I caught the Mat Hoffman documentary, The Birth of Big Air, over the weekend. Freestyle BMX guy I'm not, but I will watch some vert action during the X Games or similar clips, amazed at the skill involved. I remember seeing pictures of BMX kids riding skateparks in magazines during the '70s and '80s - thinking it was pretty cool. So, even though I've never done any kind of riding remotely like that, I'm a little familiar with it, and give the people that pull it off huge respect. I've also read Mat Hoffman's book, The Ride of my Life, years ago. Even though I live in a completely different bike subculture, the scene interests me some, from a spectator point of view. My personal version of big air is about two feet off the ground.
This documentary shows how talented, driven, and brave/nuts/insane Mat Hoffman is. The air and tricks he pulled off defined and pushed the sport of BMX freestyle. The amount of injuries he's sustained and came back from is mind boggling. In one scene he's stitching up a huge gash in his shin - by himself. Multiple broken bones, concussions, shoulder injuries and related surgery. Mat became friends with Evel Knievel and you can see why. What they did was similar and maybe the reasons why also were - who knows. Most normal folk can't fathom why they would push such boundaries and take on that risk.
Mat does differ from Evel in the fact he did most of this for pure love or obsession for the sport. Many practice sessions and huge risks taken out of the limelight, just to push himself to new limits. Evel was all about the being the showman and risking death for money.
The film gets really interesting in Mat's quest to grab the most air possible off a vert ramp. A sketchy 20 foot mega ramp is constructed in his Oklahoma back yard. They discover the huge ramp is beyond pedal power, so he starts being towed in with a dirt motorcycle for the required speed. Yeah, pushing the BMX thing a tad out there for sure.
All this adds up to 20+ feet of air off the ramp. That's 40+ feet off the ground for those keeping track. This goes beyond BMX freestyle and into the stuntman category of risk. Mat winds up crashing and rupturing his spleen, coming close to internally bleeding to death. Afterwards, the ramp is destroyed by high winds - or so say his circle of friends. In the film, you obviously get the idea they tore it down in an effort to keep Mat alive.
Later in the film, another mega ramp is constructed in Mat's final quest to grab the most air and hold the record. This initiated after another BMX rider and related company make that claim - of 19 feet of air. Mat knows he pulled off 26 feet in his Oklahoma back yard and is shooting for 30 feet. Now we're talking 50 feet off the ground - on a BMX bike. That's beyond comprehension in scope, risk and reasoning.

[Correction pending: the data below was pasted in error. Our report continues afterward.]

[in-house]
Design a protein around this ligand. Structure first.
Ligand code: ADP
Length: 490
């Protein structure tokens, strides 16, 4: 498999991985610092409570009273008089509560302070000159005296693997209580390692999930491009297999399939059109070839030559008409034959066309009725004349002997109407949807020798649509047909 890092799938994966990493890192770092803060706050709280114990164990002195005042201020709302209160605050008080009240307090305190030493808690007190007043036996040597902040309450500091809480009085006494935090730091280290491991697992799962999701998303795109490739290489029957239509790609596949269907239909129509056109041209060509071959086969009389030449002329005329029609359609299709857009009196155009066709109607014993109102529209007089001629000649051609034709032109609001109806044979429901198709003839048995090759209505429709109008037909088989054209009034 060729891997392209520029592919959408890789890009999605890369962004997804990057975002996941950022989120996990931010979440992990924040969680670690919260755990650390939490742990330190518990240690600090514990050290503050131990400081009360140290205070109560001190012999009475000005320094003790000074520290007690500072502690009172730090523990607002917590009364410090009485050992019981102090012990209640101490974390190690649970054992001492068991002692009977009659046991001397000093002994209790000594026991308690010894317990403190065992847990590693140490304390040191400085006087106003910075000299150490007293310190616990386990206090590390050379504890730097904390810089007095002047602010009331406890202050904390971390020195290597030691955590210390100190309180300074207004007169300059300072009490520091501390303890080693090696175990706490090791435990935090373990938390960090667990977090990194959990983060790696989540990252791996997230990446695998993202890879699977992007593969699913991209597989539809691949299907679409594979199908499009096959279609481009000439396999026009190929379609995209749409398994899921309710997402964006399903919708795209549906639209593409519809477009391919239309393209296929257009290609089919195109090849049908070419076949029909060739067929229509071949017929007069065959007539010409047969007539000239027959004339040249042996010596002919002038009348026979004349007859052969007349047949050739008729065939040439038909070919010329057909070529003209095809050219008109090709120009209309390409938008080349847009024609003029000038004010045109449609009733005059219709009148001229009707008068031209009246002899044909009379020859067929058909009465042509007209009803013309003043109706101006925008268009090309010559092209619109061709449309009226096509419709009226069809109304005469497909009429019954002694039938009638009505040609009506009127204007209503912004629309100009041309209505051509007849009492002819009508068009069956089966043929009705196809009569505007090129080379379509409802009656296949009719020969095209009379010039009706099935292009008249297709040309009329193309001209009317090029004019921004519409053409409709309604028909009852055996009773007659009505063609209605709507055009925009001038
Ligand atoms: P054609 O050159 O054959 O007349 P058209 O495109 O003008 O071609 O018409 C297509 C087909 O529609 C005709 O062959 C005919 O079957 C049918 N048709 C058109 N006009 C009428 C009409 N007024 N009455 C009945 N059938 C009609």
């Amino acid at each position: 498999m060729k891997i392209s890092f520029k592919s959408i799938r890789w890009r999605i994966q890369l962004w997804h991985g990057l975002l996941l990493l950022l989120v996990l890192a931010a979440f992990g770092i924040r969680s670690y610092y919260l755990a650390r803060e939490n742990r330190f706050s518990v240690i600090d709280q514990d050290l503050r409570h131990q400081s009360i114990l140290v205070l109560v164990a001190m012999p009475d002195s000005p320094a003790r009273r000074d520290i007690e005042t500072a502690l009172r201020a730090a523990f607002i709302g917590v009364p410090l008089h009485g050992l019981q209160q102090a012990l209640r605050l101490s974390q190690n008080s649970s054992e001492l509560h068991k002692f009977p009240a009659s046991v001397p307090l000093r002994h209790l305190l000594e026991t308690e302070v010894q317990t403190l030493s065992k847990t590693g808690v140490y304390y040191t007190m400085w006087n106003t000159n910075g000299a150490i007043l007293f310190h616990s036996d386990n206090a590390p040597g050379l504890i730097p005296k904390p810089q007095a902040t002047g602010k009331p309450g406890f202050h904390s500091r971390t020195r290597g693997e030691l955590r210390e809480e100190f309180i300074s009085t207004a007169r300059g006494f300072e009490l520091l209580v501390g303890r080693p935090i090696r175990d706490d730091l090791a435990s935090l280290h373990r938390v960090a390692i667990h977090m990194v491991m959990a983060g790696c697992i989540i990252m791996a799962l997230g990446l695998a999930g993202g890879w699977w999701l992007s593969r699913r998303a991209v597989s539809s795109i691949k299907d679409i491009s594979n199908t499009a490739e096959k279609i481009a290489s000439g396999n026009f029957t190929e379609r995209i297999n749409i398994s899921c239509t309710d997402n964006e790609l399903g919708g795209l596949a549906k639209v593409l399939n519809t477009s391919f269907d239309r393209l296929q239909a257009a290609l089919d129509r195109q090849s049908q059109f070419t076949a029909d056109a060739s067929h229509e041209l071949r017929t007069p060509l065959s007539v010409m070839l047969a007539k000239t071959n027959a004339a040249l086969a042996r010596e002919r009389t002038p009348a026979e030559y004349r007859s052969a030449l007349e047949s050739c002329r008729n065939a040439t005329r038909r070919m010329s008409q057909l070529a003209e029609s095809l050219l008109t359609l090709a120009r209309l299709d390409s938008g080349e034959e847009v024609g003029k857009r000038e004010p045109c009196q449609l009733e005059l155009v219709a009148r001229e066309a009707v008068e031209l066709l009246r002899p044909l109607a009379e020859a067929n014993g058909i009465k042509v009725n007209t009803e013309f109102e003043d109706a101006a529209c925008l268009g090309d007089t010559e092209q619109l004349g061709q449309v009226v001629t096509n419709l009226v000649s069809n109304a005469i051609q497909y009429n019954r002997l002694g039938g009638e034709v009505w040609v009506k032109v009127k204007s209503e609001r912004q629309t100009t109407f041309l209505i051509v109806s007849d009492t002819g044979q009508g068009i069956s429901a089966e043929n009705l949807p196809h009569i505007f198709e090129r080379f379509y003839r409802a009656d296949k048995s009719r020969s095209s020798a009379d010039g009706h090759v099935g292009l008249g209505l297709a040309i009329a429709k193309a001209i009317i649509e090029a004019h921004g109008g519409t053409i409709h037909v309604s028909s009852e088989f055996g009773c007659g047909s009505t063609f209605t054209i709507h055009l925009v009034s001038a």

The day of the record attempt is slightly windy, with the added pressure of cameras to record the event. After multiple attempts and few scary crashes, things get a little uncomfortable, as Mat continues to go for it - with wife and young daughter watching. Eventually a huge crash renders Mat unconscious with a serious concussion and related after effects. Game over.
Watching this makes you really wonder about the mind set of people like Mat. It's impressive and unsettling at the same time. Is it worth risking death or serious injury for something that in a sense is meaningless? Race car drivers, Moto GP riders, big wave surfers, and other high risk athletes all have to answer that question. In Mat's case, there isn't even any money involved.
Still, in some ways you admire people who can face that risk. It's complicated and a little strange. Maybe because its so unlike the usual safety filled world most of us live in. Maybe it's because as cyclists - you get it and admire overcoming the risk - though our scale is microscopic compared to what he's pulling off. Our 20 foot vert ramp is the local log section you can bunny hop on your mountain bike. Maybe its the twisty 45 mph downhill you bomb down on your road bike. You've built up your skill level to push these personal boundaries and take joy in overcoming them - and coming up with new ones.
Mat Hoffman does the same thing. Except his limits and skills are light years ahead of the average cyclist - BMX, mountain biker, roadie - whoever. And that's why we watch and can relate on a certain level. True?
I caught the film on cable, though it is available on DVD. It's also available on the iTunes store for download. Check it out.